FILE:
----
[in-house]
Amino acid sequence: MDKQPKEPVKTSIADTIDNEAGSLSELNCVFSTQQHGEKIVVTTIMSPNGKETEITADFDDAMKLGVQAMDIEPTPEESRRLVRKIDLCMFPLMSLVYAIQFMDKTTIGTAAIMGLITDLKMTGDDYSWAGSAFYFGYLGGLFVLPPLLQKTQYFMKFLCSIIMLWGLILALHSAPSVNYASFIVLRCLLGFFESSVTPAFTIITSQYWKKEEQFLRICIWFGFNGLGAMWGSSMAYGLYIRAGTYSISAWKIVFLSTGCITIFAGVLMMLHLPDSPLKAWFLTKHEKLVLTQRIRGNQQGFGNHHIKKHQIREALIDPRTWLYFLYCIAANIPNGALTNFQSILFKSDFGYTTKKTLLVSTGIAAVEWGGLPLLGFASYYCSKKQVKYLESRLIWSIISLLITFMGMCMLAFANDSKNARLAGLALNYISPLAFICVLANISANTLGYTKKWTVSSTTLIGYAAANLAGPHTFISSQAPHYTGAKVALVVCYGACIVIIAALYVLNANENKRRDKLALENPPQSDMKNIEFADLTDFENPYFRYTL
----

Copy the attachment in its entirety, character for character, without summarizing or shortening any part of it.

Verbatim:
[in-house]
Amino acid sequence: MDKQPKEPVKTSIADTIDNEAGSLSELNCVFSTQQHGEKIVVTTIMSPNGKETEITADFDDAMKLGVQAMDIEPTPEESRRLVRKIDLCMFPLMSLVYAIQFMDKTTIGTAAIMGLITDLKMTGDDYSWAGSAFYFGYLGGLFVLPPLLQKTQYFMKFLCSIIMLWGLILALHSAPSVNYASFIVLRCLLGFFESSVTPAFTIITSQYWKKEEQFLRICIWFGFNGLGAMWGSSMAYGLYIRAGTYSISAWKIVFLSTGCITIFAGVLMMLHLPDSPLKAWFLTKHEKLVLTQRIRGNQQGFGNHHIKKHQIREALIDPRTWLYFLYCIAANIPNGALTNFQSILFKSDFGYTTKKTLLVSTGIAAVEWGGLPLLGFASYYCSKKQVKYLESRLIWSIISLLITFMGMCMLAFANDSKNARLAGLALNYISPLAFICVLANISANTLGYTKKWTVSSTTLIGYAAANLAGPHTFISSQAPHYTGAKVALVVCYGACIVIIAALYVLNANENKRRDKLALENPPQSDMKNIEFADLTDFENPYFRYTL